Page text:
Set within the idyllic grounds of Vancouver’s University of British Columbia campus is one of Canadian Blood Services’ smallest blood donor clinics.

But what it lacks in size it more than makes up for in importance. This clinic is at the Network Centre for Applied Development (netCAD), where blood is collected weekly from donors to be used for research and development.

“The impact these donors have on the future of the blood system and patient care cannot be overstated,” says Janet McManus, netCAD manager.

Blood donor Robyn Sussel has been giving blood at netCAD for more than 10 years.

“When I heard that I could not donate [for transfusion use], I took it very hard,” says Robyn. “However, I was lucky enough to have one of the nurses tell me about netCAD. I love supporting research that improves the blood production process. Making that process more efficient is just as rewarding as giving blood in the regular system.”

The centre is integral to the continuous improvement of Canada’s blood system. Just two of netCAD’s many current projects are a study on the best way to handle blood intended for newborn babies, and another on how to cut down on the time it takes to collect and process each unit of blood in Canada.

“Research conducted at netCAD is about improving the quality of products given to patients while being good stewards of scarce Canadian health-care dollars,” says Janet.

The centre provides information to Canadian Blood Services’ own production and manufacturing groups and also plays an important role in advancing transfusion medicine across Canada and around the world, providing research services and blood products to a wide range of scientists, groups and companies.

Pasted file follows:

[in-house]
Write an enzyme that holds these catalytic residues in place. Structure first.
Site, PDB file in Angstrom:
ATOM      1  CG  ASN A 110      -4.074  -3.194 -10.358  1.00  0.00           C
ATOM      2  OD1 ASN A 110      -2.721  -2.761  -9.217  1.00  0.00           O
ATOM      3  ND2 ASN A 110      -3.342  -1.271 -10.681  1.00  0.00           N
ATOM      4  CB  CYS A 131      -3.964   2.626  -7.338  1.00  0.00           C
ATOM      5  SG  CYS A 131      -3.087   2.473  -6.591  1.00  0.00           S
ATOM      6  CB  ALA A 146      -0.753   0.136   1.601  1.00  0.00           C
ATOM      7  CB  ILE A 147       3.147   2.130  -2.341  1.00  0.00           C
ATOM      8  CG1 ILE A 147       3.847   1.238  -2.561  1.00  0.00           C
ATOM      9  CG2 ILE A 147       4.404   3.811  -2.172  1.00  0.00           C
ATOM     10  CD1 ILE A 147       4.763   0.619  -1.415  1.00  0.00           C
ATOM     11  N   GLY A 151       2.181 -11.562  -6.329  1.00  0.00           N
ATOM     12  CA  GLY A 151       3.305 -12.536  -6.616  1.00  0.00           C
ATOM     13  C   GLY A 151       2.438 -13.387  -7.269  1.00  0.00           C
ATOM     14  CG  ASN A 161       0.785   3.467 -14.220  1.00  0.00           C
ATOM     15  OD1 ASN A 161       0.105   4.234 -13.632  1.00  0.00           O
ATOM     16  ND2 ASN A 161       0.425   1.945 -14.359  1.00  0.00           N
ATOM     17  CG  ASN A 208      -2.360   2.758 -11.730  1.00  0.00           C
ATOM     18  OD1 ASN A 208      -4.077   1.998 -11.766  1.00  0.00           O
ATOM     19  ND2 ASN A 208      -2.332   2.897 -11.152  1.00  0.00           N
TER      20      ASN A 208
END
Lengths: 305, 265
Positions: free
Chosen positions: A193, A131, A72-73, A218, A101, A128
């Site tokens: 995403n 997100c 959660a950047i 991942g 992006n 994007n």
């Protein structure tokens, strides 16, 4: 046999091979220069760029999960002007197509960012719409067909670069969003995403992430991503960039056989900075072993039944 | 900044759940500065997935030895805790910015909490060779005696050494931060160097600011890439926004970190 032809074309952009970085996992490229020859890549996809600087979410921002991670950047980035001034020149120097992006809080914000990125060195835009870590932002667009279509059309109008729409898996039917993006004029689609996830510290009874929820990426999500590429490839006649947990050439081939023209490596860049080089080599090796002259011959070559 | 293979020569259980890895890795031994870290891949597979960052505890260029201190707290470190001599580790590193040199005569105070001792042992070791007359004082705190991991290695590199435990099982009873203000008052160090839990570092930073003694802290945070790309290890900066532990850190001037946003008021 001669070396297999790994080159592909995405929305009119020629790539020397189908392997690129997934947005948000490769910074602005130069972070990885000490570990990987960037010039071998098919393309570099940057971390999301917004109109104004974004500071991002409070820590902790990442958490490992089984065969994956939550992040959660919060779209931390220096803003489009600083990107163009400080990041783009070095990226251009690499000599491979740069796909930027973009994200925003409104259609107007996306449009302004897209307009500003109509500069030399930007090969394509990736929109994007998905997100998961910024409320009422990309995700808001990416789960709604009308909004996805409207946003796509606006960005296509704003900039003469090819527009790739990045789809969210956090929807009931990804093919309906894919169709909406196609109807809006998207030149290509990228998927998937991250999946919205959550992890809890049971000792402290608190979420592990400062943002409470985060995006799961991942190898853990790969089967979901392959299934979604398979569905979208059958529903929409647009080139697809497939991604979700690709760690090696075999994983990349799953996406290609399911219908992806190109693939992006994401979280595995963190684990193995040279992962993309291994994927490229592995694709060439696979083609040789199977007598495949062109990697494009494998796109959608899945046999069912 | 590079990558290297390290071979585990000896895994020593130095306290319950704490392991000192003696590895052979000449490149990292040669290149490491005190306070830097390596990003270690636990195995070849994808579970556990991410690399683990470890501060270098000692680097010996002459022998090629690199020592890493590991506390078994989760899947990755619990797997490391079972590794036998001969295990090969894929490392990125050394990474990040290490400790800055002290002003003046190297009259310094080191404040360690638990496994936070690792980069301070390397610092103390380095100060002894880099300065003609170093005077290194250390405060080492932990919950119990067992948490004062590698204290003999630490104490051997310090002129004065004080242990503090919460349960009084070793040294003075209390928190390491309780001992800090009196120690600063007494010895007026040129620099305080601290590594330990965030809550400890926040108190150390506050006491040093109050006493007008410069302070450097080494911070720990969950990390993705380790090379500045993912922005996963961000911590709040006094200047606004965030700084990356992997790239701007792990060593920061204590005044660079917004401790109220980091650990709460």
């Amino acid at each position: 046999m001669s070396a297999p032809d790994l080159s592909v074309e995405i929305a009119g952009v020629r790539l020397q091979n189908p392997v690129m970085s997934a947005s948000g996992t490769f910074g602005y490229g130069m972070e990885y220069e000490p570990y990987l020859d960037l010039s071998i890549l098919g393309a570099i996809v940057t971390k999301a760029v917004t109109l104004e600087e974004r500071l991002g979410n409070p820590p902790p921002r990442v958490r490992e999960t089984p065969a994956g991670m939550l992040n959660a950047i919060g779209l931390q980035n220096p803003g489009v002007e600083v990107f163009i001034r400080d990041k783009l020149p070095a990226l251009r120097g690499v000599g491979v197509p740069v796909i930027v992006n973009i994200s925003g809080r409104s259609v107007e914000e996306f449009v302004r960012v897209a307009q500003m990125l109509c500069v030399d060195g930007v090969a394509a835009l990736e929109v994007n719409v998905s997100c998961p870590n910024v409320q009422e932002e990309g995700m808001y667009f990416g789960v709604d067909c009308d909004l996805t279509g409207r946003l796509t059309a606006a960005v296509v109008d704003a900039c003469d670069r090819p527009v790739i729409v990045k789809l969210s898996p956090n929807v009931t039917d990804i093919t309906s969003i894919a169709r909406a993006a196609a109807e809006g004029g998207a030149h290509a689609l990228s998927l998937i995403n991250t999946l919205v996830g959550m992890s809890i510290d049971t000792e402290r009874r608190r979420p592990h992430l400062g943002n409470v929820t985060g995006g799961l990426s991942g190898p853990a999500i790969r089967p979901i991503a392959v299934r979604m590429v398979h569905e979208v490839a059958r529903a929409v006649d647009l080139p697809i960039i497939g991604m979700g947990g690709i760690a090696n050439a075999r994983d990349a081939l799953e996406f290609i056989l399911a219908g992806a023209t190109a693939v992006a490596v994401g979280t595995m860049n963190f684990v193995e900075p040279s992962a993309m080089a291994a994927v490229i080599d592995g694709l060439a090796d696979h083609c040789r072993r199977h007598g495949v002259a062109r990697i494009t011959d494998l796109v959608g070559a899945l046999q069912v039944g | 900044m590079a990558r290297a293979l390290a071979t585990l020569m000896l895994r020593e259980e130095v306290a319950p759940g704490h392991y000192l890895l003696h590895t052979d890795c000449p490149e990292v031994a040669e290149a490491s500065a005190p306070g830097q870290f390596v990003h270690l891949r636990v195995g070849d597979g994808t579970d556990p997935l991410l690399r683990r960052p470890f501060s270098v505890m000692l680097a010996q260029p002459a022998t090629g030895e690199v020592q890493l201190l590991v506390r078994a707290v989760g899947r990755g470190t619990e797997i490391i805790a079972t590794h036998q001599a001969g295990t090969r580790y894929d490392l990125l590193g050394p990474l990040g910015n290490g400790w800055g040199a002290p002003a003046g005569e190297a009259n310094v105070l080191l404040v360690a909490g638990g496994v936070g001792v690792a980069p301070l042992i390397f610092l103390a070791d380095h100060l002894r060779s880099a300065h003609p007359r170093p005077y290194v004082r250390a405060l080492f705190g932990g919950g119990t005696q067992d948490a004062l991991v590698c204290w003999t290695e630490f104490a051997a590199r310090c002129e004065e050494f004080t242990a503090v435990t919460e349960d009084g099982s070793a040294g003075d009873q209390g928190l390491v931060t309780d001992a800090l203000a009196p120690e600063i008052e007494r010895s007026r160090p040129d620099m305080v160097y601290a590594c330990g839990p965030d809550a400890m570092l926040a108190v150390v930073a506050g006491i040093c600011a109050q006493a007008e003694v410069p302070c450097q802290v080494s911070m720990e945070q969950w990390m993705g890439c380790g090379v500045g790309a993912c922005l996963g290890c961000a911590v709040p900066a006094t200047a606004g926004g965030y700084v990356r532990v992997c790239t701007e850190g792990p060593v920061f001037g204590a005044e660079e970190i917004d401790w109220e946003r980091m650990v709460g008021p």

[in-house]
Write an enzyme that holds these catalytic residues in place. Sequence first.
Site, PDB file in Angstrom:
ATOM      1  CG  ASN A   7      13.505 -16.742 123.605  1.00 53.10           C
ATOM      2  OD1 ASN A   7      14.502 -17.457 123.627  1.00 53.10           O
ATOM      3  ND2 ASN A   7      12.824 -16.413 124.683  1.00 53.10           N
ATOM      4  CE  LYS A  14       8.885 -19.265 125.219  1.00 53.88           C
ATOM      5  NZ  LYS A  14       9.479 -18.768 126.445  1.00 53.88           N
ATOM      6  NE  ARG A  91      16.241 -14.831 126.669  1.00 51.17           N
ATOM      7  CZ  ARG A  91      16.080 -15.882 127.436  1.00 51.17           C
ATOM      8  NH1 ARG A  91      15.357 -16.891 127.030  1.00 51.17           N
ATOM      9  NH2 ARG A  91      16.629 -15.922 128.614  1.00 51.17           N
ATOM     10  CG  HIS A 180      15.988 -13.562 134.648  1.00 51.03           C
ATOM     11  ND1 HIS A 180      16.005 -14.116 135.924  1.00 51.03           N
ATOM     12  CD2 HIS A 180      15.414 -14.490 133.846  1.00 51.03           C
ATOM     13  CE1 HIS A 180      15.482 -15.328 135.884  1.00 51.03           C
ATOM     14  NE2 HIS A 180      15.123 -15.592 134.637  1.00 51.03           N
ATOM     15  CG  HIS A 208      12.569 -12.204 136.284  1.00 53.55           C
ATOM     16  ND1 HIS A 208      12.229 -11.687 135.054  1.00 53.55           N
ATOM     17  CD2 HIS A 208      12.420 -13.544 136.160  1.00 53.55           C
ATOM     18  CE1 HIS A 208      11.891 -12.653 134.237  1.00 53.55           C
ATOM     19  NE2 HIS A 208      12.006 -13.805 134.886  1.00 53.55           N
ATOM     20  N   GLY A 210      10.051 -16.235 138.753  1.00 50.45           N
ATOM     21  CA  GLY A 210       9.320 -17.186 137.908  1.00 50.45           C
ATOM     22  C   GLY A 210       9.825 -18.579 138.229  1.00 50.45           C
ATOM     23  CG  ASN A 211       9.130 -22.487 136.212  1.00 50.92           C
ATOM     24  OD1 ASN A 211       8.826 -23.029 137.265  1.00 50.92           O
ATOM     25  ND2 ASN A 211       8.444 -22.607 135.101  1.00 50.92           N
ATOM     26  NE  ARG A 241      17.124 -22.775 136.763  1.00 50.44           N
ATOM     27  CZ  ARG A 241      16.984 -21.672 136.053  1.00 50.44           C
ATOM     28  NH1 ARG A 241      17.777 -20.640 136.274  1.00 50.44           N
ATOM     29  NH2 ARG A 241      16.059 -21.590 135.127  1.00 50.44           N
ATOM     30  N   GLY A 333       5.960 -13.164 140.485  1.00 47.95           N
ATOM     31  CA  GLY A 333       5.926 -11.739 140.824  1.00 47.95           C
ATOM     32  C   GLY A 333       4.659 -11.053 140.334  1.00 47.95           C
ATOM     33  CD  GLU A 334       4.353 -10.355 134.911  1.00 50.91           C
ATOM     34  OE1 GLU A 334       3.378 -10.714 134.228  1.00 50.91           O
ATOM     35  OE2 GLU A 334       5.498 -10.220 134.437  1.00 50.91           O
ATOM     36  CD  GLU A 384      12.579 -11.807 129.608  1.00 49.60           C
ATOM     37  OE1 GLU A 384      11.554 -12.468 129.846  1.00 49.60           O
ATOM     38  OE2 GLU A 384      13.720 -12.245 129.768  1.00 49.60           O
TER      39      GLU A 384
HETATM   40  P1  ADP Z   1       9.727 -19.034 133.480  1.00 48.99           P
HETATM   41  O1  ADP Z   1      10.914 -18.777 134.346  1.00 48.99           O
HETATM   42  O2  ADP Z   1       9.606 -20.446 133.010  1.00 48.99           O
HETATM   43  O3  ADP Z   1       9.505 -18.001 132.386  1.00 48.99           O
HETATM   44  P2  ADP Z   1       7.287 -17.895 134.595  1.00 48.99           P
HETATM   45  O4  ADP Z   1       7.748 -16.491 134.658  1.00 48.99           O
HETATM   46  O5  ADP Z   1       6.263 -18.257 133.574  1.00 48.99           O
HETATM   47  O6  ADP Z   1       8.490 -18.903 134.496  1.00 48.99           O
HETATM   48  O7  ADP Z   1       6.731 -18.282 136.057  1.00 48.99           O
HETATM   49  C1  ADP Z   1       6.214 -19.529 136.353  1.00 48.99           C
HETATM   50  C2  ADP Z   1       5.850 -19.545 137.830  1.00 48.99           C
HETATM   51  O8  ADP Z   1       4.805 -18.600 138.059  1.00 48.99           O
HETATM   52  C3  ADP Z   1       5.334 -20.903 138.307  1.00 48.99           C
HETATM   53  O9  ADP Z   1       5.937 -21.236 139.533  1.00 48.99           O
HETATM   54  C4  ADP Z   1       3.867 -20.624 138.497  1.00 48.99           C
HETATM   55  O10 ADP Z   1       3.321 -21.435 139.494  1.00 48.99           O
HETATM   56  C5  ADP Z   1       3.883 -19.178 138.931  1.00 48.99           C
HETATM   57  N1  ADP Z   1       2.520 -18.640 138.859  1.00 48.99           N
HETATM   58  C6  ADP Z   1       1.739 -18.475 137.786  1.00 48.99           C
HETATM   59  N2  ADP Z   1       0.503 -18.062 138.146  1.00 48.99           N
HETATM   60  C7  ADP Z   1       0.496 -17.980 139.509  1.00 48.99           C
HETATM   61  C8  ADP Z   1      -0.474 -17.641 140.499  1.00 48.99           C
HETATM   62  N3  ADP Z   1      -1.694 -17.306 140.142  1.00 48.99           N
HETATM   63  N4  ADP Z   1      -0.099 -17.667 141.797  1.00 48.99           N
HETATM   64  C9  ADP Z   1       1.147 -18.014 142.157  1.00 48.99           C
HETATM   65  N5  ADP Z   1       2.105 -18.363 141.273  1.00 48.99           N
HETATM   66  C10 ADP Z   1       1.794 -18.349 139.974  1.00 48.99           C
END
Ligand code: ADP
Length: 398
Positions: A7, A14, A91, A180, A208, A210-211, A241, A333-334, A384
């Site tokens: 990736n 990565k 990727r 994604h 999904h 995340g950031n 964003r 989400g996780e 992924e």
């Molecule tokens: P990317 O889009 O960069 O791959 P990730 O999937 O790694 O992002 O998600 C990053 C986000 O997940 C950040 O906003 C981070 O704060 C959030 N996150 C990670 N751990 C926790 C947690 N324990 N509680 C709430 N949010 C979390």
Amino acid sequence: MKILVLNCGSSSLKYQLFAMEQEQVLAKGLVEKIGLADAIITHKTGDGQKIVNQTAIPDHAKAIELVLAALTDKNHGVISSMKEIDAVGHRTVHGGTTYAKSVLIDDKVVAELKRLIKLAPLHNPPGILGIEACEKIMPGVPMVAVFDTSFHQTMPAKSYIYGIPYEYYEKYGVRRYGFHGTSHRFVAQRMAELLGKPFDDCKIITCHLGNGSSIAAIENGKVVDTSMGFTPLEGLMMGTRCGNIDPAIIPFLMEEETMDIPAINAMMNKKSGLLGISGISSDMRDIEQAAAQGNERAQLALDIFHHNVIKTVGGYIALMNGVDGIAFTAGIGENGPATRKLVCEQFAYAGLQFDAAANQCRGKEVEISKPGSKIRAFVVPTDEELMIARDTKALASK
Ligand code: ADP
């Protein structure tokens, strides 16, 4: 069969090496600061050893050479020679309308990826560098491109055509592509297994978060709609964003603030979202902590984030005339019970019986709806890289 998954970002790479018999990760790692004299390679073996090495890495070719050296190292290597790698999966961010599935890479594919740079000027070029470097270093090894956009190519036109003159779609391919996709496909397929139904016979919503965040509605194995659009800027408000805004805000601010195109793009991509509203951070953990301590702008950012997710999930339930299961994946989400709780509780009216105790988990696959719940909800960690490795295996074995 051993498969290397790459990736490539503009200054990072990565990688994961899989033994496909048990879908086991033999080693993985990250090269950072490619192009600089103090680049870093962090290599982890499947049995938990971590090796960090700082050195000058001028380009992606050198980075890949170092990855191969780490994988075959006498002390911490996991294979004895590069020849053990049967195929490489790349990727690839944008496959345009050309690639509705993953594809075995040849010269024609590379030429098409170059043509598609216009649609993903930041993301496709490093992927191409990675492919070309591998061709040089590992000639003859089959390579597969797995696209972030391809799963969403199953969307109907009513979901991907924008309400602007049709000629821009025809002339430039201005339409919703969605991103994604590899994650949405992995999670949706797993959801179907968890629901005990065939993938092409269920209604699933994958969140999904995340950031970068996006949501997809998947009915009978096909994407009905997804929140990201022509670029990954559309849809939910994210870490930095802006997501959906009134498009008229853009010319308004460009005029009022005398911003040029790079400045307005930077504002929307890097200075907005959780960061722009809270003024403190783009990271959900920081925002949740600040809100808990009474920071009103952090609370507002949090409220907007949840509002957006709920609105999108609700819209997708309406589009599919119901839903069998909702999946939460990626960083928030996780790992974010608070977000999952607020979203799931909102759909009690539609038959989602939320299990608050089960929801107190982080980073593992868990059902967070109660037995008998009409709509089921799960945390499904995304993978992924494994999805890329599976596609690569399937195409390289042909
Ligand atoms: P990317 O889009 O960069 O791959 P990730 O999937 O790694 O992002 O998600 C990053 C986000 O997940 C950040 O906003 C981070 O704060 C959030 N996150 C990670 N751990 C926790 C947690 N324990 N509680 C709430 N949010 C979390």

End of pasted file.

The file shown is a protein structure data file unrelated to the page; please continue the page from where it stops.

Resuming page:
One such company is Vancouver-based LightIntegra Technology Inc. The company developed ThromboLUX, a unique technology that tests the quality of platelet products.

“Research donations allow us to make excellent progress in technology development without reducing the platelet supply for patients,” says Dr. Elisabeth Maurer, president and chief technology officer of LightIntegra.

While netCAD boasts a small group of dedicated donors who give blood regularly, the centre has an ongoing need for more donors.

“We believe we could double the number of projects supported with more donors. This means more knowledge, faster innovation, better products and lower costs, in less time,” says Janet.

Blood donors, like Robyn, who are ineligible to donate blood for transfusion may be able to donate at netCAD.

If you live in the Vancouver area and would like to donate blood for research, please call 604-221-5515 or send an email to

Photography by Janet McManus